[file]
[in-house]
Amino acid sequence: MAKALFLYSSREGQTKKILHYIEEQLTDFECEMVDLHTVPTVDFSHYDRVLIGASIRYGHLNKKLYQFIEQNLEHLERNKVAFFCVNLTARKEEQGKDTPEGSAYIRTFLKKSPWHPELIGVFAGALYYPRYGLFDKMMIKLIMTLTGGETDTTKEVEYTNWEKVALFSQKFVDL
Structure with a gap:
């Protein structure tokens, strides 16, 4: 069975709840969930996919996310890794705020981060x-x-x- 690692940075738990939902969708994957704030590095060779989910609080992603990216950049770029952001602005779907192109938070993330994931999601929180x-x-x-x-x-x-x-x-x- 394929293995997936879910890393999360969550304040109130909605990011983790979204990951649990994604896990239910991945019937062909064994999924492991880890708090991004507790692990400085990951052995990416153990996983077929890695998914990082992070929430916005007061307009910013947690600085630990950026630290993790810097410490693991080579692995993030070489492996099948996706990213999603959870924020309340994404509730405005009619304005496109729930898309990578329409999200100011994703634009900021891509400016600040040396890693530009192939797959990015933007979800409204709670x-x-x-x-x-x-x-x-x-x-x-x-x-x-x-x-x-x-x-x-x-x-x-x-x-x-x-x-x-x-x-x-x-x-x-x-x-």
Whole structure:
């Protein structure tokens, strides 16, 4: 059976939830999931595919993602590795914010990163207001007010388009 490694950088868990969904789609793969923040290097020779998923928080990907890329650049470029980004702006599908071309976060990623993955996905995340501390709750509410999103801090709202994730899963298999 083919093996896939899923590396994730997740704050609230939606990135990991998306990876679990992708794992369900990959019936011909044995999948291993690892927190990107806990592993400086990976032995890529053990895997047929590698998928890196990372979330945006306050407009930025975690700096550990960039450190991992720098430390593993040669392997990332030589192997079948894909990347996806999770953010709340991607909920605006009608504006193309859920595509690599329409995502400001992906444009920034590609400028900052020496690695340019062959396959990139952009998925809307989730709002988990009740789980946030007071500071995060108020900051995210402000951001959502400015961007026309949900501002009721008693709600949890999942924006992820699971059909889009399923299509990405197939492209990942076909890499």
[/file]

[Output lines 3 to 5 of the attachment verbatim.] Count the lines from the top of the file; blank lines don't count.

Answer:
Structure with a gap:
């Protein structure tokens, strides 16, 4: 069975709840969930996919996310890794705020981060x-x-x- 690692940075738990939902969708994957704030590095060779989910609080992603990216950049770029952001602005779907192109938070993330994931999601929180x-x-x-x-x-x-x-x-x- 394929293995997936879910890393999360969550304040109130909605990011983790979204990951649990994604896990239910991945019937062909064994999924492991880890708090991004507790692990400085990951052995990416153990996983077929890695998914990082992070929430916005007061307009910013947690600085630990950026630290993790810097410490693991080579692995993030070489492996099948996706990213999603959870924020309340994404509730405005009619304005496109729930898309990578329409999200100011994703634009900021891509400016600040040396890693530009192939797959990015933007979800409204709670x-x-x-x-x-x-x-x-x-x-x-x-x-x-x-x-x-x-x-x-x-x-x-x-x-x-x-x-x-x-x-x-x-x-x-x-x-």
Whole structure: